That noble element of the American character surely exists among its young citizens. It is the responsibility of the nation’s leaders, most of all its president, to inspire national service as an expectation of citizenship and to ensure that opportunities for that service, along with appropriate incentives and rewards, are available for all who are willing to serve their country as volunteers.

National service opportunities exist in the military services, the Peace Corps and AmeriCorps. The latter, which organizes volunteers to work on projects dealing with domestic needs, requires a major expansion. It currently has slots for only 75,000 volunteers. That should increase many fold, as should the college scholarships provided for those who serve.

A promising idea for further expanding opportunities for national service is to create a national service reserve and enlist millions of 18 to 30-year-old Americans into its ranks. Members would be trained in many skills and could be called on by state and local leaders to serve when a need arises, say in the aftermath of a national disaster.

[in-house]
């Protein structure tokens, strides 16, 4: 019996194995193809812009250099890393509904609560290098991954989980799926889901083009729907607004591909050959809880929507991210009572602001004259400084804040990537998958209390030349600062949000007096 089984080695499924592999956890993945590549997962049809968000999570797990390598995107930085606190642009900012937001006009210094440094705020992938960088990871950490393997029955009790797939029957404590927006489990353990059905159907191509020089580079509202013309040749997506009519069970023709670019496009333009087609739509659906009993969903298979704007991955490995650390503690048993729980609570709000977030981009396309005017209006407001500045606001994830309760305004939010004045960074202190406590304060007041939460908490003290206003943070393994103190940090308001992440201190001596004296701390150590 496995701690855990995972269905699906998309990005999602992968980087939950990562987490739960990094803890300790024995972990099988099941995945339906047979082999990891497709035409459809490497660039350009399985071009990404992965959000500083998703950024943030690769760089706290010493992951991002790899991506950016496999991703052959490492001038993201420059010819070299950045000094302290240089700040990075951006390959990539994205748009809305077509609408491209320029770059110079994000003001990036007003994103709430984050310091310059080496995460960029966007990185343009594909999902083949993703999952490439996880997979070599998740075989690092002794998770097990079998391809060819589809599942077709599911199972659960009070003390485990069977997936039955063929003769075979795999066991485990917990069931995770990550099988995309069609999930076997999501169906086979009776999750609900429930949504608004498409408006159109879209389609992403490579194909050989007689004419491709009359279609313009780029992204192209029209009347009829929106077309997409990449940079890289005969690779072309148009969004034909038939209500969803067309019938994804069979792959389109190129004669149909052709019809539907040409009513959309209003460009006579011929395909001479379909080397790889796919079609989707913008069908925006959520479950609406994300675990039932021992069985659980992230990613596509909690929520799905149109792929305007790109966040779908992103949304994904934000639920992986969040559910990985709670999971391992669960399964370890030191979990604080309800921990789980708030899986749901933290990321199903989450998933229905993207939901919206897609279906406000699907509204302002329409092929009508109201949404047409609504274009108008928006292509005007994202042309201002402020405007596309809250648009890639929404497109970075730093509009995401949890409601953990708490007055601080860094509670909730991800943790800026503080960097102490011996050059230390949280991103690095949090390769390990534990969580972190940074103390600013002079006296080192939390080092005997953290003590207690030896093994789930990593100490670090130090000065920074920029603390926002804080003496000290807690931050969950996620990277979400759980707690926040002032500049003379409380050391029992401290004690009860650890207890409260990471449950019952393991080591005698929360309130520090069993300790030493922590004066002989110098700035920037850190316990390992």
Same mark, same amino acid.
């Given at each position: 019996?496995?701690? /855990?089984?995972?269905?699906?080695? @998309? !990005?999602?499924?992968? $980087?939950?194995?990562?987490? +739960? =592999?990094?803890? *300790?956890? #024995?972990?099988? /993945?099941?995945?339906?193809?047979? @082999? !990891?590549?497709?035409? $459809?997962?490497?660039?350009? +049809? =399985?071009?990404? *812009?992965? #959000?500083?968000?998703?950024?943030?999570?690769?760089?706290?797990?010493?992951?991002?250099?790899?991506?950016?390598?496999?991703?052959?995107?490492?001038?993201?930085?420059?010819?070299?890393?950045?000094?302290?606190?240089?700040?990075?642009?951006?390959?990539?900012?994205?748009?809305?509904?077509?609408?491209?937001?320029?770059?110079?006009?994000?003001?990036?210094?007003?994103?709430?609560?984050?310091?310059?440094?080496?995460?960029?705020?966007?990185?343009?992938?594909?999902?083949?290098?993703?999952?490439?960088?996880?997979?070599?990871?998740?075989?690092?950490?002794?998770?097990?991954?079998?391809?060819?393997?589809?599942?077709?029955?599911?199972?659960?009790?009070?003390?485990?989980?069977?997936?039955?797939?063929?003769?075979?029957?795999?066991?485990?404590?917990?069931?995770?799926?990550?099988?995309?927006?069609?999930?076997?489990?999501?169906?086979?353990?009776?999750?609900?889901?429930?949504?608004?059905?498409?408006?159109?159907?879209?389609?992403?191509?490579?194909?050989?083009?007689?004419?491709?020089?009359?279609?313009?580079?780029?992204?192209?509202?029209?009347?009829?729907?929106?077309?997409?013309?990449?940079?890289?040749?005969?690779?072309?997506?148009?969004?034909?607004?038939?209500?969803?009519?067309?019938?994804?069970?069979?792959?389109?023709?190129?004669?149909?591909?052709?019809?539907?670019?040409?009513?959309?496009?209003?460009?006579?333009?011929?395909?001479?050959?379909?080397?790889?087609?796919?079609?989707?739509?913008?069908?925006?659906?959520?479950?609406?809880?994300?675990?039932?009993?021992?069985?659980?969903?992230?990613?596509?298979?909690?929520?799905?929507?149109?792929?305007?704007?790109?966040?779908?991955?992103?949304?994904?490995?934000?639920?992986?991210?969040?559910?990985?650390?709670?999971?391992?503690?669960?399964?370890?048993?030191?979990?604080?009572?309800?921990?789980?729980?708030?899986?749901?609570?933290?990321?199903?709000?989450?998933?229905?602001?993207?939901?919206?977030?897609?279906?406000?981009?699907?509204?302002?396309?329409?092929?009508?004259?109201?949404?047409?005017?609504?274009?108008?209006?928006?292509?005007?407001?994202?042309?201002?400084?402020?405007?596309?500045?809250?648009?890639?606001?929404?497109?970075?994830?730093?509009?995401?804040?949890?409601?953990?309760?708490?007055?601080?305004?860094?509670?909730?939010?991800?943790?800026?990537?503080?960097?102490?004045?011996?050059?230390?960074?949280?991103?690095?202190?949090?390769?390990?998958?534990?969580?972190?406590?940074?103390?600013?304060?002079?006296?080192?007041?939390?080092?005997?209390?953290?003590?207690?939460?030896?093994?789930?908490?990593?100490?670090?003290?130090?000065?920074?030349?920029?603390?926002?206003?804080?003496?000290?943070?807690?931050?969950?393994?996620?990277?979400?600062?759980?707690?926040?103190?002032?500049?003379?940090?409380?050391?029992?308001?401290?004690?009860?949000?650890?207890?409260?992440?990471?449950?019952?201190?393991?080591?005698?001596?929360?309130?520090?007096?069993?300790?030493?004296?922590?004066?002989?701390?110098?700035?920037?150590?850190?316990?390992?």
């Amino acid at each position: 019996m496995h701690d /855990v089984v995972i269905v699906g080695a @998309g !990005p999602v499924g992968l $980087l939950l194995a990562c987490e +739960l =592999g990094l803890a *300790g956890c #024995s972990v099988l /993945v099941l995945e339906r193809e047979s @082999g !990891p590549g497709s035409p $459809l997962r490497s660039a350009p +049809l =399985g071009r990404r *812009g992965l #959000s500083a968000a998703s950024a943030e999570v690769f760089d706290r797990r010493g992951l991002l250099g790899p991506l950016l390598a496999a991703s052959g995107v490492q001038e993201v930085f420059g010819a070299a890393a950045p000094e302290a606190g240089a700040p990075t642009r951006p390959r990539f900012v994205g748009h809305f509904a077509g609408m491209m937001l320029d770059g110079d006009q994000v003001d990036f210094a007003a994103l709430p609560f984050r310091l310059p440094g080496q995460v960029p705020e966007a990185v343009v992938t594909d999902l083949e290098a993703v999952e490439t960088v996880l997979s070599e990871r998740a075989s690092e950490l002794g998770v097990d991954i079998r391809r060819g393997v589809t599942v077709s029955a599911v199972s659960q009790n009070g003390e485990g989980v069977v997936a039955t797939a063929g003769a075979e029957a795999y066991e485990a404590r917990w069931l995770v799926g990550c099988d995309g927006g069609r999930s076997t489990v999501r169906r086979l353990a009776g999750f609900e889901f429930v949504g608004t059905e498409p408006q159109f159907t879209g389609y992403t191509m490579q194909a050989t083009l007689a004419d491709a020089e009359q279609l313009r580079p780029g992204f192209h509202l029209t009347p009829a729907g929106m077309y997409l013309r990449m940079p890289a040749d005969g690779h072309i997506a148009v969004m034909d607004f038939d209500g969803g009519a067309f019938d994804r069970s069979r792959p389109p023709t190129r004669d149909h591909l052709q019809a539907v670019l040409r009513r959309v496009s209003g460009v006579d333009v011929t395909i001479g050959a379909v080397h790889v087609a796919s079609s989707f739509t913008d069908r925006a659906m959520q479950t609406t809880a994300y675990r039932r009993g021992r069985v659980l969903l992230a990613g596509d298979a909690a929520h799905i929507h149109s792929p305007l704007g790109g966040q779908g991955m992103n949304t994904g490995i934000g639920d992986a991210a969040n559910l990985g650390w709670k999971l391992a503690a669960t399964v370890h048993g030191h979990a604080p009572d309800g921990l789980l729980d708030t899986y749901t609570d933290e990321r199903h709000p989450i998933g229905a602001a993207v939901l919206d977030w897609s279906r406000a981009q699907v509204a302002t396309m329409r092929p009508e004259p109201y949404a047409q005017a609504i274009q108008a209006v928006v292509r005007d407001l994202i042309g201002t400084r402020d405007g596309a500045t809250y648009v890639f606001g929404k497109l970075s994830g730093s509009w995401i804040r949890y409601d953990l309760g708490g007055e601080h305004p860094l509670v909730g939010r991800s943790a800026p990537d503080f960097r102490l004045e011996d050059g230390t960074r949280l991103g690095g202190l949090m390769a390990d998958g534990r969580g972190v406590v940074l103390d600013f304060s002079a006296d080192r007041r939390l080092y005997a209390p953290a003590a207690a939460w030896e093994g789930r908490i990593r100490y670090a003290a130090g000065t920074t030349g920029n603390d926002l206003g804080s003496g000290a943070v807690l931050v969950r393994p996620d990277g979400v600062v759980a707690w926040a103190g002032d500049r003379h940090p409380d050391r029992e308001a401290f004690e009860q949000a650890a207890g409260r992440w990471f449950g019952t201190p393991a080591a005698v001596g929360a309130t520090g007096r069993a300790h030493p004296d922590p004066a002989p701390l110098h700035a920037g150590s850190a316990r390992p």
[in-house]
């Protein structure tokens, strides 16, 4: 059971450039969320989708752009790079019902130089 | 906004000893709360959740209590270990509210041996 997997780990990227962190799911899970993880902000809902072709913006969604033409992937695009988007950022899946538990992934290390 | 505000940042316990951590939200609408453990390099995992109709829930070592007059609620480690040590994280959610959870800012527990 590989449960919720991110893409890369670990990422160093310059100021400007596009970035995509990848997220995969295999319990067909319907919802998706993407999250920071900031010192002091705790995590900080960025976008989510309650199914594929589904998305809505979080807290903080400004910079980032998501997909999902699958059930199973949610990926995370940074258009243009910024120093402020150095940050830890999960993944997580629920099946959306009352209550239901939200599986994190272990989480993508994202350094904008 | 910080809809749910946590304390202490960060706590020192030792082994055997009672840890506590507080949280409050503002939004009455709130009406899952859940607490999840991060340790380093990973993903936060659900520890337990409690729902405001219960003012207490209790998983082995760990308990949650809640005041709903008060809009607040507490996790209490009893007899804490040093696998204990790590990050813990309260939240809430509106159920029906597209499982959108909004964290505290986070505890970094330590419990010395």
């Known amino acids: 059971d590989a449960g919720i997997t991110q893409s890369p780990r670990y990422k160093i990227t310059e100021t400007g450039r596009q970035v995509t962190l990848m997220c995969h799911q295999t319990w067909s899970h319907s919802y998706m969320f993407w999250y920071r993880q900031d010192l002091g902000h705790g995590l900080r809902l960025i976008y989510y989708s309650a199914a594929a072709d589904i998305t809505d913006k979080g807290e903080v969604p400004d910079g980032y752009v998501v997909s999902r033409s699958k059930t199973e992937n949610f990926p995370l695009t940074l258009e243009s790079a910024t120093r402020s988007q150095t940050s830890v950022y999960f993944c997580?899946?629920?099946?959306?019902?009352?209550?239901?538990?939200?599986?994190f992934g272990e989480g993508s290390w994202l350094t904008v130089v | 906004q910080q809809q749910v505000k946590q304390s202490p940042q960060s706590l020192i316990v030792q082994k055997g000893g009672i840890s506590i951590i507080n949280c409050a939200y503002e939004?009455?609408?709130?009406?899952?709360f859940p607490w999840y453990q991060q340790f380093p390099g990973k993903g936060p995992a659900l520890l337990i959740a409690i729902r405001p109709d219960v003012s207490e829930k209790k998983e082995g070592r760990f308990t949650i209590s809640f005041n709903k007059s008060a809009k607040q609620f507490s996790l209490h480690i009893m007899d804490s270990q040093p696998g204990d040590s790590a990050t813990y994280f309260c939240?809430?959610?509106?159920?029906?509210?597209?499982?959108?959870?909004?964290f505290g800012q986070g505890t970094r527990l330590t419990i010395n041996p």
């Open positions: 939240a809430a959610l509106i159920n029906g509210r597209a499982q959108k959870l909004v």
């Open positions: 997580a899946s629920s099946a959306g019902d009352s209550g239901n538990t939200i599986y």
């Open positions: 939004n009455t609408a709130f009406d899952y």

It would be a long shot to expect President Trump to issue an inspirational call in his inaugural speech for volunteer service to help make America great again. There is no record of Trump having performed any sort of public service as he pursued fortunes as a real estate mogul and reality TV star. What’s more, he might find the concept of a national service reserve unappealing because it’s Hillary Clinton’s idea. 

Still, the awesome dimension of the presidency has inspired a broader understanding of America’s responsibilities in unlikely subjects before. 

Dare we hope that the election winner who made many promises to those who asked what their country could do for them will ask for something for the country in return?

 
<< Start < Prev 1 2 3 4 5 6 7 8 9 10 Next > End >>

Page 4 of 129
advertisement
Banner